Asarah BaTeves 5781


When Asarah BaTeves falls on Shabbos[1]

בן-אדם כתב-לך את-שם היום את-עצם היום הזה סמך מלך-בבל אל-ירושלם בעצם היום הזה
Son of Man, write for yourself the name of today. On this very day, the King of Babylonia began his siege on Jerusalem, on this very day[2]

Of the four minor fasts in commemoration of the destruction of Jerusalem and the Temple, the tenth of Teves is unique. This fast, which is in commemoration of the beginning of the siege on Jerusalem[3], is the only fast in our present calendar that can fall on a Friday[4]. It creates an unusual situation where we go into Shabbos having not eaten the entire day prior. Usually, a person shouldn’t go into Shabbos hungry[5]. This day is the exception. While this in fact happens this year, 5781, it’s also a very infrequent occurrence. Although it will happen again in two years, it’s been 20 years since it last happened. Something else that’s unique about the fast known as Asarah BaTeves is that in our present calendar, it cannot fall on Shabbos. The other fast days can. However, since it is forbidden to fast on Shabbos (besides Yom Kippur), they get pushed off until Sunday[6]. This situation doesn’t occur for Asarah BaTeves, as it cannot fall on Shabbos anyways.

Nevertheless, the Abudraham records[7] an interesting halacha. He says that if Asarah BaTeves were to fall on Shabbos, it wouldn’t get pushed off to Sunday. Since the verse alluding to this fast says the phrase בעצם היום הזה, on this very day[8], just like it says by Yom Kippur[9], it cannot be any other day. This is understood to mean that in this hypothetical situation, we would fast even on Shabbos. Even though this is normally forbidden, for some reason Asarah BaTeves is different. How could this be? How could the obligation to fast override the obligation to delight and have physical pleasure on Shabbos?

One could ask[10] on the other fast days: why does Shabbos push them aside? Delighting on Shabbos[11] and not fasting is a mitzvah from the Prophets, just like the Four Fasts is a mitzvah from the Prophets. These two mitzvos of equal stature[12] should cancel each other out, with the result being to passively do nothing. As such, fasting should override Shabbos. One suggestion could be that the fasts were never enacted to be on a certain day. As we see, the Prophet describes[13] the Four Fasts as “the fast of the fourth [month], the fast of the fifth [month], the fast of the seventh [month], and the fast of the tenth [month]”. It was the Rabbis who enacted specific days in those months[14]. That would mean then that these fasts couldn’t override Shabbos, whose mitzvah to eat is purely from the Prophets.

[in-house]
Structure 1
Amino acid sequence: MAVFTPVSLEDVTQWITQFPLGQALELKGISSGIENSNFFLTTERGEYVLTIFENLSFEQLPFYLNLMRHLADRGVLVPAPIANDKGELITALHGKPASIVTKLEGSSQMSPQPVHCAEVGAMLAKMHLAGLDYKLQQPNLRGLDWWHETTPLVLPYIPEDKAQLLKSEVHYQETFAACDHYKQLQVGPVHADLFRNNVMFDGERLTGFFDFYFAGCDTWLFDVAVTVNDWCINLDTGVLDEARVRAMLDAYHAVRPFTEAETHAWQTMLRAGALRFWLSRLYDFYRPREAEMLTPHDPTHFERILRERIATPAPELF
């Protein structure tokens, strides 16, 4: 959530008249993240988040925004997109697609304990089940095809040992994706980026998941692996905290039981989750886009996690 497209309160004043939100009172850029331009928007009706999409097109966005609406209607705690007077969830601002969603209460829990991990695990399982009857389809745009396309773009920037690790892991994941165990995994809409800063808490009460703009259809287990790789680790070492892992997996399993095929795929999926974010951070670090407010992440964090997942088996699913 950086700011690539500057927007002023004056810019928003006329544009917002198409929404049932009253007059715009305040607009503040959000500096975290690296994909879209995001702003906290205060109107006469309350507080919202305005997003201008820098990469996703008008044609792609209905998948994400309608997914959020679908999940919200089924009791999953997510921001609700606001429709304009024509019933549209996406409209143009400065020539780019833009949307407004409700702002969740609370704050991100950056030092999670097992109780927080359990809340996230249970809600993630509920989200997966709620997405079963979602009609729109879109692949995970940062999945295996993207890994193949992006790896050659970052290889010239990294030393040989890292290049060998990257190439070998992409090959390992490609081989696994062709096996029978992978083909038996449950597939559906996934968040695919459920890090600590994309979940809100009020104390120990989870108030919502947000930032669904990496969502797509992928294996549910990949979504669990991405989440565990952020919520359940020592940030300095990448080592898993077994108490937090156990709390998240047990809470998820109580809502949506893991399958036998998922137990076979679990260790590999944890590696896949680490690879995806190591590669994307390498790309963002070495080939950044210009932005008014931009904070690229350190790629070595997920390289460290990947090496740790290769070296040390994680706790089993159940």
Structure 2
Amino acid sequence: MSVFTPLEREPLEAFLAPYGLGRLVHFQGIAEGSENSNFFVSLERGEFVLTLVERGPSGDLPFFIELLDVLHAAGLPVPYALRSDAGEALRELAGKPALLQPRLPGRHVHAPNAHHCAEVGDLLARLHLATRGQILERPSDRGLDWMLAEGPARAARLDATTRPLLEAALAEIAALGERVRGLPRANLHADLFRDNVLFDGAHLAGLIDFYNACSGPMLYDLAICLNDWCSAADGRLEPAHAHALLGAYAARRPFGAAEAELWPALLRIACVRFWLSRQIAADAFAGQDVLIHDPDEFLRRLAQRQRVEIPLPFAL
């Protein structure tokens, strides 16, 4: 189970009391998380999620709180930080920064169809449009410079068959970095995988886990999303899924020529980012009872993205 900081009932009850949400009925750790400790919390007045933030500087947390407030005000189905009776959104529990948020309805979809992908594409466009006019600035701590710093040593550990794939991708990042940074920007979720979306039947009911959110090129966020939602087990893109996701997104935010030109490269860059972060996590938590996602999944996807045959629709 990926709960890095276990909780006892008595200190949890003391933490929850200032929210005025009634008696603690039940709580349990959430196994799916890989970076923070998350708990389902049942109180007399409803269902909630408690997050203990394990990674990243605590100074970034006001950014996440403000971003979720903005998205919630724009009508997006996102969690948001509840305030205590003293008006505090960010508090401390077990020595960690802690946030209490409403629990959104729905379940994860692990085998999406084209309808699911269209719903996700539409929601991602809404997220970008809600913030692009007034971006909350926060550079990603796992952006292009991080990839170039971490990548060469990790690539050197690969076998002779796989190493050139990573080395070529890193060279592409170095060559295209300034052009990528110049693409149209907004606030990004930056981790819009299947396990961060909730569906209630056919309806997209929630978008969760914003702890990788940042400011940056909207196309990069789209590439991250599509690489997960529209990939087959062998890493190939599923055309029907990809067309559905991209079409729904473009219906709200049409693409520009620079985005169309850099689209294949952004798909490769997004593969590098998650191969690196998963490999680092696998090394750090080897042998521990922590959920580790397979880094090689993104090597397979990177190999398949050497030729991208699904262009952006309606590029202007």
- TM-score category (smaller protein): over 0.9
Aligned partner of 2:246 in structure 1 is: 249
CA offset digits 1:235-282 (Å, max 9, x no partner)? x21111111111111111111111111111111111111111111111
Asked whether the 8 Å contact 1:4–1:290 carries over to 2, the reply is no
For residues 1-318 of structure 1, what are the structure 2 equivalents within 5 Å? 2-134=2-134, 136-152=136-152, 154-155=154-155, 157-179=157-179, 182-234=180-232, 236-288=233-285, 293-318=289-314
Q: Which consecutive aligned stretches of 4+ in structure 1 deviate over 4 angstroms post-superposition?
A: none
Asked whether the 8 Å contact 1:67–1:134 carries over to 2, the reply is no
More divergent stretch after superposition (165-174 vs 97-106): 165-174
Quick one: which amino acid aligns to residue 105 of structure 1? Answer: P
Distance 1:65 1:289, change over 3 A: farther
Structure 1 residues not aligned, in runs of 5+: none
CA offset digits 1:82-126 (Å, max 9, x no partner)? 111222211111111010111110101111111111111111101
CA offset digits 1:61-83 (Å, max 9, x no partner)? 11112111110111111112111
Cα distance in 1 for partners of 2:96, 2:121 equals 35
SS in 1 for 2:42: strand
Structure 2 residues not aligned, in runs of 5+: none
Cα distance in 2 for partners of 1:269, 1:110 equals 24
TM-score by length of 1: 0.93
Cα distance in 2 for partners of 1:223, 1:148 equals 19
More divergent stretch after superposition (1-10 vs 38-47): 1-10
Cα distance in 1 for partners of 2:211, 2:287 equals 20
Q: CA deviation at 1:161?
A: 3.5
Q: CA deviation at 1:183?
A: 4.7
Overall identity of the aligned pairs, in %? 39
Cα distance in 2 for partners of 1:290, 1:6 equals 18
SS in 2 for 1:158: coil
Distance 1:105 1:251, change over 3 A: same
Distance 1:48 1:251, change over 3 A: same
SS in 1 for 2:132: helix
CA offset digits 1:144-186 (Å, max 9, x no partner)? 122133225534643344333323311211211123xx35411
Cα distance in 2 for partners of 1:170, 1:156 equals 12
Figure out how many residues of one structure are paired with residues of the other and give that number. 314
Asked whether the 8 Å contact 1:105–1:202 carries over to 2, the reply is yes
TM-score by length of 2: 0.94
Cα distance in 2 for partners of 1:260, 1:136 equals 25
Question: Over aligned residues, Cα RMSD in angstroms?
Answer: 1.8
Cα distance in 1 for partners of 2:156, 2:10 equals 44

This could answer the question regarding Asarah BaTeves. Unlike the other fasts, it says בעצם היום הזה, on this very day. This means that the Prophet had in mind specifically to fast on the tenth of Teves[15]. That would make it impossible to push to after Shabbos. If Asarah BaTeves would fall on Shabbos, then we would have to fast on Shabbos. It’s just as stringent as the mitzvah to eat on Shabbos, making the two cancel out. Therefore, passively doing nothing would be the proper thing. However, one could simply explain the reason that Shabbos pushes the fasts aside is because the Prophets made this part of their enactment. They knew their fast days would fall on Shabbos, and decreed they should be observed the next day[16].

Another approach[17] to explain how Asarah BaTeves could override Shabbos is to connect it to the concept of a Ta’anis Chalom. Chazal said[18] that someone who had a bad dream which is very worrisome and highly nerve-wracking should fast. Fasting will annul any potential decree of calamity that the person is concerned for. What’s surprising is the halacha is that if the bad dream occurred on Shabbos, the person would fast even on Shabbos. This is because the fast should be on the exact day that the dream occurred[19]. We see then a precedent that a fast which must occur on a certain day can be done even on Shabbos. The same would then be true for Asarah BaTeves, since the fast has to be on the very day the siege began.